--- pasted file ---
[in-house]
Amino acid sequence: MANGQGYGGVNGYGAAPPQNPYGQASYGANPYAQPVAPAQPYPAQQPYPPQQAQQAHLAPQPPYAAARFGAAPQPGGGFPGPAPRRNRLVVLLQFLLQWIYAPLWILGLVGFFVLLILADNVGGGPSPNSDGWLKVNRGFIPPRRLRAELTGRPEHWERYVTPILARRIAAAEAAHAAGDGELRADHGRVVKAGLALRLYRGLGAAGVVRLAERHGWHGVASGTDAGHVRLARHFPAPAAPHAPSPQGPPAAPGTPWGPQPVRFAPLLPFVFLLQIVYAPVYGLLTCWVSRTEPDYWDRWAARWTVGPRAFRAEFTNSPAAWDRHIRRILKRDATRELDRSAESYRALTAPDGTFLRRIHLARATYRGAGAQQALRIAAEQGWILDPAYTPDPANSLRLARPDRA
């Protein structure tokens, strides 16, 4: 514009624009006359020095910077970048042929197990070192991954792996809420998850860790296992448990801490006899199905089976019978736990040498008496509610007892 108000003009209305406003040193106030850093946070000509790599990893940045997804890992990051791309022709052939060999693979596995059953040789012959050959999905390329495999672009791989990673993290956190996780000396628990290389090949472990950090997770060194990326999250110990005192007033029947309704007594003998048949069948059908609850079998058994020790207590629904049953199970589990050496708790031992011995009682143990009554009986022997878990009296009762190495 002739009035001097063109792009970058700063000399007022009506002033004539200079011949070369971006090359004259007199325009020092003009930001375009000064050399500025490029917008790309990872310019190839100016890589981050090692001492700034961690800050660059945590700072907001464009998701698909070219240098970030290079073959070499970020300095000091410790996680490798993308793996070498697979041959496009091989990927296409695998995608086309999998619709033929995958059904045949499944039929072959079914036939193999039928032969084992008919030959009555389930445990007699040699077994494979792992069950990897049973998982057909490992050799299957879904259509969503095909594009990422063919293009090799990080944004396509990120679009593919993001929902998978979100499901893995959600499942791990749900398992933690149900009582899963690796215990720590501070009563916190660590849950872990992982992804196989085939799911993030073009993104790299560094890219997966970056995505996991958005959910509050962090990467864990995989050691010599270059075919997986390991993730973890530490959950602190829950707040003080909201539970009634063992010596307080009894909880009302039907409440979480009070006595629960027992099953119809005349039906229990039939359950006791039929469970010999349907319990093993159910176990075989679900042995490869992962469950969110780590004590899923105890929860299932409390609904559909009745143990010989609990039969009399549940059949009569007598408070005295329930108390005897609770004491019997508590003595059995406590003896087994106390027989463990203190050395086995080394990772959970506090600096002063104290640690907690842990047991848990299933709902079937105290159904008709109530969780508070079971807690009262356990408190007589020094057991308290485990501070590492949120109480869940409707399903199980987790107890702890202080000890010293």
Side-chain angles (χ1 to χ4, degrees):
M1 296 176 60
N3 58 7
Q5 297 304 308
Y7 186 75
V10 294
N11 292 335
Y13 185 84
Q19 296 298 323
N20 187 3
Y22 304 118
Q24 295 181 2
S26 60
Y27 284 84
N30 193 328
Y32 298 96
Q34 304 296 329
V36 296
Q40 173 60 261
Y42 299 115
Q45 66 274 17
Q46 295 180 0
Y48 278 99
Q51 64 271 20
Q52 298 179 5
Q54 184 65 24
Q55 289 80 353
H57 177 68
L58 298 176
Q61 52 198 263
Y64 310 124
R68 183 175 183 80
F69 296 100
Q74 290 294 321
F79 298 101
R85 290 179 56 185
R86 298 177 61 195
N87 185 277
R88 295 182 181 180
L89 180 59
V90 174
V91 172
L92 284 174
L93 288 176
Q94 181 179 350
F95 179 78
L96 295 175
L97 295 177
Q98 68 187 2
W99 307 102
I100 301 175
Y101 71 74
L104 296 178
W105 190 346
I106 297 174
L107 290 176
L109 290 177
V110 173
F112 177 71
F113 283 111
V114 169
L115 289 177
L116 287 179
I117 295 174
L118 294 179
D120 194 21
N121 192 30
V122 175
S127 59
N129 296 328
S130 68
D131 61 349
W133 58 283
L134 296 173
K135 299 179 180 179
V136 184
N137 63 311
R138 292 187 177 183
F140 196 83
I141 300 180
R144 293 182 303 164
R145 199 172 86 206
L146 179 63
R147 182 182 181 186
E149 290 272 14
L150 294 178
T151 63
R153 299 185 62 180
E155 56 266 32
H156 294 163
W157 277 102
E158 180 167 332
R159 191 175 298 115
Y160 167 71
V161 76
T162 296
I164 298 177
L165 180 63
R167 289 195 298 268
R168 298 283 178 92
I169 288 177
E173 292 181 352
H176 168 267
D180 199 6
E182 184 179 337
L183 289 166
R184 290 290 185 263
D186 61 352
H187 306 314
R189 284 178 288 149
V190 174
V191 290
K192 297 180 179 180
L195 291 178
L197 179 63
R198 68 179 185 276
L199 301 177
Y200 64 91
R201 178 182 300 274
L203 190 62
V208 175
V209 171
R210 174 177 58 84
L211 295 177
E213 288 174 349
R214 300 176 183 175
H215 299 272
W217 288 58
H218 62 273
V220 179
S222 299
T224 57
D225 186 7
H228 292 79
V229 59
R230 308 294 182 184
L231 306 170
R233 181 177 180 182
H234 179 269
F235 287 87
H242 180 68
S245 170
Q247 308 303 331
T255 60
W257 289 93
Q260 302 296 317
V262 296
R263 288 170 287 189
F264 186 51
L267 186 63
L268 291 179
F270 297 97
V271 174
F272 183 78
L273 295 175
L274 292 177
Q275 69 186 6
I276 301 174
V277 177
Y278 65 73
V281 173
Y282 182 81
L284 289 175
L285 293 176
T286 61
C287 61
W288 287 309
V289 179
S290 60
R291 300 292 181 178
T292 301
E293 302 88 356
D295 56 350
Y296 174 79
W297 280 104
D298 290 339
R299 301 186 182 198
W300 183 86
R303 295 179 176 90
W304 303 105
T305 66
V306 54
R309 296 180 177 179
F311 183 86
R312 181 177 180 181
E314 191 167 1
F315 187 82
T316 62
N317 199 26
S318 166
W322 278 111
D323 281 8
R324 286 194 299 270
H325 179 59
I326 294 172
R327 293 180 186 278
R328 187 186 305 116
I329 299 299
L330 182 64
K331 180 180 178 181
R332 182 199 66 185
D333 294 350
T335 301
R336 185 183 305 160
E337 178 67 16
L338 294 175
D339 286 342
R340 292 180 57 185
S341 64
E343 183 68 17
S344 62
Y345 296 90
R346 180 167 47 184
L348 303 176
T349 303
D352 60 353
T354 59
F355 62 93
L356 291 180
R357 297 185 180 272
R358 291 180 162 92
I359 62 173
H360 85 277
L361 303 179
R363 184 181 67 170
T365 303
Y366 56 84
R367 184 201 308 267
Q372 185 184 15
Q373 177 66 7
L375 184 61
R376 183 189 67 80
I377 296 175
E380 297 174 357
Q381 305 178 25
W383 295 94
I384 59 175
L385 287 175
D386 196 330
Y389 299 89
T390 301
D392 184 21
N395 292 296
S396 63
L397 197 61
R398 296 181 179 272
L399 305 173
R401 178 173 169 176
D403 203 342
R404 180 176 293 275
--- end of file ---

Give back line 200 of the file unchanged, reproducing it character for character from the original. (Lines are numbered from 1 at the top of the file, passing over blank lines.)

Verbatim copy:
R328 187 186 305 116